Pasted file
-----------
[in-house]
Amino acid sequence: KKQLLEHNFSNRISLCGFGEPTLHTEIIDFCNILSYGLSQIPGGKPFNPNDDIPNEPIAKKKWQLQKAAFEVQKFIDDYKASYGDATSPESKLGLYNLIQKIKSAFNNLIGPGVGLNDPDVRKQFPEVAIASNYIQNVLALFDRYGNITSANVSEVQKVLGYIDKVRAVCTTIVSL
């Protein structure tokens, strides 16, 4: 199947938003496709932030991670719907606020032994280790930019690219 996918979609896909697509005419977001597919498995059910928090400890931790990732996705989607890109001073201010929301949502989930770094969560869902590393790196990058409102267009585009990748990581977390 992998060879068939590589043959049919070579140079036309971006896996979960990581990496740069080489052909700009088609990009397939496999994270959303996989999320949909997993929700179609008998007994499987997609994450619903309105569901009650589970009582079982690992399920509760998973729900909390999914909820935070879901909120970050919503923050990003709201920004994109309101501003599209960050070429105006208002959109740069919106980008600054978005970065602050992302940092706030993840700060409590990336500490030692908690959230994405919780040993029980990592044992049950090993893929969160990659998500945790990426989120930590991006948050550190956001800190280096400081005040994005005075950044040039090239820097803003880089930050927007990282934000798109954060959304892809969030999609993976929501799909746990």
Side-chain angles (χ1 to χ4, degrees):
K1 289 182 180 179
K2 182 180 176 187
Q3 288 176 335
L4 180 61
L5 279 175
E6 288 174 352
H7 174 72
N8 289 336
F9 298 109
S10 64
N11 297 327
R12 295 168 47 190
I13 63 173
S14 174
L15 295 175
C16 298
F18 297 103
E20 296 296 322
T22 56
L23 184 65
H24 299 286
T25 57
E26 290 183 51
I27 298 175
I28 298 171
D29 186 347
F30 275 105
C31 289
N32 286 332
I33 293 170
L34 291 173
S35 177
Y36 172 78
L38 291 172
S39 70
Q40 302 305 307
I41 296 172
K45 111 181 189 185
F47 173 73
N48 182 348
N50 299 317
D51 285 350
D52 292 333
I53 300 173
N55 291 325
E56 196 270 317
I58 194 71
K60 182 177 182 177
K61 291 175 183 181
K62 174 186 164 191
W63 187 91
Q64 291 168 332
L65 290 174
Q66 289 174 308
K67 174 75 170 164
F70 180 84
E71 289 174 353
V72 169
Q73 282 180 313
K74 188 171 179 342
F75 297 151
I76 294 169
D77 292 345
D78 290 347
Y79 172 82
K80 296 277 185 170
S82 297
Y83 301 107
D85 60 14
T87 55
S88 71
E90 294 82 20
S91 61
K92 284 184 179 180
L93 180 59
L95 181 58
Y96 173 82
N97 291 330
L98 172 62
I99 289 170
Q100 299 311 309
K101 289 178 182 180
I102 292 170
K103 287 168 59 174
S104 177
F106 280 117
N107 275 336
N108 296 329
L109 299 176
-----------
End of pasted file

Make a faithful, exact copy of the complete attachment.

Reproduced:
[in-house]
Amino acid sequence: KKQLLEHNFSNRISLCGFGEPTLHTEIIDFCNILSYGLSQIPGGKPFNPNDDIPNEPIAKKKWQLQKAAFEVQKFIDDYKASYGDATSPESKLGLYNLIQKIKSAFNNLIGPGVGLNDPDVRKQFPEVAIASNYIQNVLALFDRYGNITSANVSEVQKVLGYIDKVRAVCTTIVSL
């Protein structure tokens, strides 16, 4: 199947938003496709932030991670719907606020032994280790930019690219 996918979609896909697509005419977001597919498995059910928090400890931790990732996705989607890109001073201010929301949502989930770094969560869902590393790196990058409102267009585009990748990581977390 992998060879068939590589043959049919070579140079036309971006896996979960990581990496740069080489052909700009088609990009397939496999994270959303996989999320949909997993929700179609008998007994499987997609994450619903309105569901009650589970009582079982690992399920509760998973729900909390999914909820935070879901909120970050919503923050990003709201920004994109309101501003599209960050070429105006208002959109740069919106980008600054978005970065602050992302940092706030993840700060409590990336500490030692908690959230994405919780040993029980990592044992049950090993893929969160990659998500945790990426989120930590991006948050550190956001800190280096400081005040994005005075950044040039090239820097803003880089930050927007990282934000798109954060959304892809969030999609993976929501799909746990």
Side-chain angles (χ1 to χ4, degrees):
K1 289 182 180 179
K2 182 180 176 187
Q3 288 176 335
L4 180 61
L5 279 175
E6 288 174 352
H7 174 72
N8 289 336
F9 298 109
S10 64
N11 297 327
R12 295 168 47 190
I13 63 173
S14 174
L15 295 175
C16 298
F18 297 103
E20 296 296 322
T22 56
L23 184 65
H24 299 286
T25 57
E26 290 183 51
I27 298 175
I28 298 171
D29 186 347
F30 275 105
C31 289
N32 286 332
I33 293 170
L34 291 173
S35 177
Y36 172 78
L38 291 172
S39 70
Q40 302 305 307
I41 296 172
K45 111 181 189 185
F47 173 73
N48 182 348
N50 299 317
D51 285 350
D52 292 333
I53 300 173
N55 291 325
E56 196 270 317
I58 194 71
K60 182 177 182 177
K61 291 175 183 181
K62 174 186 164 191
W63 187 91
Q64 291 168 332
L65 290 174
Q66 289 174 308
K67 174 75 170 164
F70 180 84
E71 289 174 353
V72 169
Q73 282 180 313
K74 188 171 179 342
F75 297 151
I76 294 169
D77 292 345
D78 290 347
Y79 172 82
K80 296 277 185 170
S82 297
Y83 301 107
D85 60 14
T87 55
S88 71
E90 294 82 20
S91 61
K92 284 184 179 180
L93 180 59
L95 181 58
Y96 173 82
N97 291 330
L98 172 62
I99 289 170
Q100 299 311 309
K101 289 178 182 180
I102 292 170
K103 287 168 59 174
S104 177
F106 280 117
N107 275 336
N108 296 329
L109 299 176